Kicking off the meeting, CNES Associate Director General Lionel Suchet reviewed the highlights of recent months, notably Thomas Pesquet’s return to Earth on 2 June, streamed live from the agency’s Head Office in the presence of President Emmanuel Macon, after his fantastic Proxima mission on the International Space Station. He also underlined the huge success of the 52nd Paris International Air Show at Le Bourget, from 19-25 June, where President Macron was shown what CNES is doing in the fields of innovation, climate science and space exploration in the agency’s futuristic Pavilion, which attracted some 17,000 visitors, as well as the launch atop a Vega vehicle from the Guiana Space Centre (CSG) on 2 August of the French-Israeli VENμS vegetation-monitoring mission, which has already started sending back high-quality imagery.
The meeting also reviewed progress on NASA’s InSight mission to Mars, with the delivery of the flight model of the SEIS seismometer for integration on the rover, as well as the CFOSat oceanography mission with the delivery to the agency’s Chinese partner of the SWIM instrument (Surface Waves Investigation and Monitoring). France and the United States’ continuing successful space cooperation was marked by a number of commemorations, like the 25 years of altimetry celebrations in the U.S. and in Toulouse with NASA and JPL, and the 100th anniversary of NASA’s Langley Research Center. The two nations are firmly committed to pursuing their partnership in the domains of oceanography, hydrology and climate science.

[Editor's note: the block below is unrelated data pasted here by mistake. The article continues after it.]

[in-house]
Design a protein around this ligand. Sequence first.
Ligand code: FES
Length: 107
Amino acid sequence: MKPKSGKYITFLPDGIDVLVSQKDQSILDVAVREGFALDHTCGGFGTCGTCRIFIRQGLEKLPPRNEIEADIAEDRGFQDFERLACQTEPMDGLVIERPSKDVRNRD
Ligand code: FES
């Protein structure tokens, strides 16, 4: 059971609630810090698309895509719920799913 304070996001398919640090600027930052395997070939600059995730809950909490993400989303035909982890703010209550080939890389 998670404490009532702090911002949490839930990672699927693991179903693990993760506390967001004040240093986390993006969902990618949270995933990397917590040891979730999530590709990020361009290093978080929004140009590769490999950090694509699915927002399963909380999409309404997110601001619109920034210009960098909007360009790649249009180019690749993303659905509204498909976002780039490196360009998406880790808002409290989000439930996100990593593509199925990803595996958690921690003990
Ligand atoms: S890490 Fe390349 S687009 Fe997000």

Other items on the CPS meeting’s agenda included Earth observation and climate change, which has been in the news with the recent events in Texas and the West Indies. The International Charter on Space and Major Disasters was activated on several occasions to aid relief efforts. The meeting also mentioned the World Climate Summit that France is organizing on 12 December to review progress on implementing the terms of the Paris Agreement. Lastly, the meeting mentioned the ‘Grand Finale’ of the Cassini mission set for 15 September. A joint endeavour of Europe and the United States, the Cassini-Huygens mission has enabled scientists to study Saturn, its rings and moons for the last 13 years. The landing of the European Huygens probe on the surface of Titan in January 2005 is a feat only surpassed since by Philae’s landing on the nucleus of comet Churyumov-Gerasimenko in 2014.
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